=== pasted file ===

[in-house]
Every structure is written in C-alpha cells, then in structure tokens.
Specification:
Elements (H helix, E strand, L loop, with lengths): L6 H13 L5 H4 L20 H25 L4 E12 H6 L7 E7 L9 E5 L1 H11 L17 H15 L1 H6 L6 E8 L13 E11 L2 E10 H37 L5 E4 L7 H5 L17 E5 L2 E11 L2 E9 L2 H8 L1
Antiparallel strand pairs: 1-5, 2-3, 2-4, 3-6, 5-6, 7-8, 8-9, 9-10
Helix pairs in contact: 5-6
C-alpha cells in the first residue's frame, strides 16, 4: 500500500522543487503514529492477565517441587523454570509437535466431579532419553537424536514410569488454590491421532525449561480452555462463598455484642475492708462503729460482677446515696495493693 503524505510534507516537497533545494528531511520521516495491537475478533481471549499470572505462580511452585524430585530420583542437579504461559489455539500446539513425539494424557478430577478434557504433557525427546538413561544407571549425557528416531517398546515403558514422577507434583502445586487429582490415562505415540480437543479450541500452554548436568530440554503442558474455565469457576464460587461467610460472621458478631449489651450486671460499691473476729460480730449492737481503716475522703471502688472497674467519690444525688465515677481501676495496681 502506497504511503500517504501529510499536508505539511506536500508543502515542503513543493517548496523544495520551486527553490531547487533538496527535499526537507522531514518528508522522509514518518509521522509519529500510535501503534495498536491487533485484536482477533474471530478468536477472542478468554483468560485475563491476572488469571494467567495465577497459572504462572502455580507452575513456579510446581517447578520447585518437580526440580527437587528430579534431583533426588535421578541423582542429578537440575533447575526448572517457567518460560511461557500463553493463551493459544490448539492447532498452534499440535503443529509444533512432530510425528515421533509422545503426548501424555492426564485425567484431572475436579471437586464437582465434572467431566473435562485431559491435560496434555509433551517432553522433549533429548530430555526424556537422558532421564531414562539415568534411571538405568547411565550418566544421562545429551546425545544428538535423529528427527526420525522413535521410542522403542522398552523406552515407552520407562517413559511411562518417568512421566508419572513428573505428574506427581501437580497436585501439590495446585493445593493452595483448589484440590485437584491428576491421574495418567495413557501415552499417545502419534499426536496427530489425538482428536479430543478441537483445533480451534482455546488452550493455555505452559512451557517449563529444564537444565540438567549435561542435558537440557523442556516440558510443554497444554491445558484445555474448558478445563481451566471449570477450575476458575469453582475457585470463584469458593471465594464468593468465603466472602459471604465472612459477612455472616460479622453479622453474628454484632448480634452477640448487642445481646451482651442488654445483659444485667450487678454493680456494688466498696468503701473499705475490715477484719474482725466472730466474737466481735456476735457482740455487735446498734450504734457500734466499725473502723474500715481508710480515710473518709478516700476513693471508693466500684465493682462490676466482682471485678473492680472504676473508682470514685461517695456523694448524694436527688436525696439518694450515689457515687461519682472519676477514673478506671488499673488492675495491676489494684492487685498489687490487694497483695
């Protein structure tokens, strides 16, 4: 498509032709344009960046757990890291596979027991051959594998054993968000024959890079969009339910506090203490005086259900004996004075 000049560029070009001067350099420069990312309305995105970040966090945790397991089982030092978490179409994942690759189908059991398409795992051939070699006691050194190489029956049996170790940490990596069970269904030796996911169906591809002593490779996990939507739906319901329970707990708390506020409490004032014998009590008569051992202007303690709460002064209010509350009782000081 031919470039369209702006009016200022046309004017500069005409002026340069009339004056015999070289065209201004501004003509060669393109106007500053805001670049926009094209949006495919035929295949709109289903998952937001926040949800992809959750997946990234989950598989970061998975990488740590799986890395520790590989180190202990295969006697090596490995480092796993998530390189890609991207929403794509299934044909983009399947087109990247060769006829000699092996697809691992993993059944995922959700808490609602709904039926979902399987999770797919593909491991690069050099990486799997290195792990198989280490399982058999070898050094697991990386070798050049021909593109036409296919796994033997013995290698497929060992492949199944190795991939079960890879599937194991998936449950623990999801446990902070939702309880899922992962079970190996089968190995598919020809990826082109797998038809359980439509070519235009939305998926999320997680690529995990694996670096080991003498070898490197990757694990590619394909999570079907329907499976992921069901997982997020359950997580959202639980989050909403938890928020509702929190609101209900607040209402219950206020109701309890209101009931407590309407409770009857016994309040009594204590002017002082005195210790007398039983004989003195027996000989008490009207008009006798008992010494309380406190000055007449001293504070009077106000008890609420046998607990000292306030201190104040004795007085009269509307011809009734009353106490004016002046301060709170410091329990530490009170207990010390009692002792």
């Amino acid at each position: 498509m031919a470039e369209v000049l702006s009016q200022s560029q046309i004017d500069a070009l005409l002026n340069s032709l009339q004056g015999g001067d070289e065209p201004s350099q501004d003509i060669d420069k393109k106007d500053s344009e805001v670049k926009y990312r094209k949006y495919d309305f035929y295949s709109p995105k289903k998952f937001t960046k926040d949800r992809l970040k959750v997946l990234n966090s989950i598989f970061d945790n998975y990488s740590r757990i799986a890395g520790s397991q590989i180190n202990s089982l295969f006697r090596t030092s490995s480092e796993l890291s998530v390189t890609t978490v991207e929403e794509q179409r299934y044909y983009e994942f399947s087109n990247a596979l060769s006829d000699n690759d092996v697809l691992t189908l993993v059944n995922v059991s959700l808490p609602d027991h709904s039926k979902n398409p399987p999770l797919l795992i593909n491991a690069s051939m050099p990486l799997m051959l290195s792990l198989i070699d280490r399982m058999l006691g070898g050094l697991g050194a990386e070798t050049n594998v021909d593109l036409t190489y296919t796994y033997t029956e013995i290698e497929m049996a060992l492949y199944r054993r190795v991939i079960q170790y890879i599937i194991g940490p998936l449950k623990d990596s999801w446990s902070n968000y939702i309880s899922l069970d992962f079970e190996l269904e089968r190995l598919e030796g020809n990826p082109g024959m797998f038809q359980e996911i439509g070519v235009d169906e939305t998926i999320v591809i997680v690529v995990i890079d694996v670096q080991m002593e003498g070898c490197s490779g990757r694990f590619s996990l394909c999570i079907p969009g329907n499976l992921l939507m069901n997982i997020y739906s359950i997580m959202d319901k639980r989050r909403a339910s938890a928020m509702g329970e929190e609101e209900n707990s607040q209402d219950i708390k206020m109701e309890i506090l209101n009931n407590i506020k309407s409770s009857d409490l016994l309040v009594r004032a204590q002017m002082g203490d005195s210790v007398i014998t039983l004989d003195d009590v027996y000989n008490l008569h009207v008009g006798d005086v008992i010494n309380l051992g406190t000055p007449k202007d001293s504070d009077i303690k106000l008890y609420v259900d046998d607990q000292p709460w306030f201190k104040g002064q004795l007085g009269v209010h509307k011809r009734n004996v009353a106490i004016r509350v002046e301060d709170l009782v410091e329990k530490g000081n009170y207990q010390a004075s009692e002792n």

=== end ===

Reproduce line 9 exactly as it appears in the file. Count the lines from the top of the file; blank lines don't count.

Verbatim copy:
């Amino acid at each position: 498509m031919a470039e369209v000049l702006s009016q200022s560029q046309i004017d500069a070009l005409l002026n340069s032709l009339q004056g015999g001067d070289e065209p201004s350099q501004d003509i060669d420069k393109k106007d500053s344009e805001v670049k926009y990312r094209k949006y495919d309305f035929y295949s709109p995105k289903k998952f937001t960046k926040d949800r992809l970040k959750v997946l990234n966090s989950i598989f970061d945790n998975y990488s740590r757990i799986a890395g520790s397991q590989i180190n202990s089982l295969f006697r090596t030092s490995s480092e796993l890291s998530v390189t890609t978490v991207e929403e794509q179409r299934y044909y983009e994942f399947s087109n990247a596979l060769s006829d000699n690759d092996v697809l691992t189908l993993v059944n995922v059991s959700l808490p609602d027991h709904s039926k979902n398409p399987p999770l797919l795992i593909n491991a690069s051939m050099p990486l799997m051959l290195s792990l198989i070699d280490r399982m058999l006691g070898g050094l697991g050194a990386e070798t050049n594998v021909d593109l036409t190489y296919t796994y033997t029956e013995i290698e497929m049996a060992l492949y199944r054993r190795v991939i079960q170790y890879i599937i194991g940490p998936l449950k623990d990596s999801w446990s902070n968000y939702i309880s899922l069970d992962f079970e190996l269904e089968r190995l598919e030796g020809n990826p082109g024959m797998f038809q359980e996911i439509g070519v235009d169906e939305t998926i999320v591809i997680v690529v995990i890079d694996v670096q080991m002593e003498g070898c490197s490779g990757r694990f590619s996990l394909c999570i079907p969009g329907n499976l992921l939507m069901n997982i997020y739906s359950i997580m959202d319901k639980r989050r909403a339910s938890a928020m509702g329970e929190e609101e209900n707990s607040q209402d219950i708390k206020m109701e309890i506090l209101n009931n407590i506020k309407s409770s009857d409490l016994l309040v009594r004032a204590q002017m002082g203490d005195s210790v007398i014998t039983l004989d003195d009590v027996y000989n008490l008569h009207v008009g006798d005086v008992i010494n309380l051992g406190t000055p007449k202007d001293s504070d009077i303690k106000l008890y609420v259900d046998d607990q000292p709460w306030f201190k104040g002064q004795l007085g009269v209010h509307k011809r009734n004996v009353a106490i004016r509350v002046e301060d709170l009782v410091e329990k530490g000081n009170y207990q010390a004075s009692e002792n």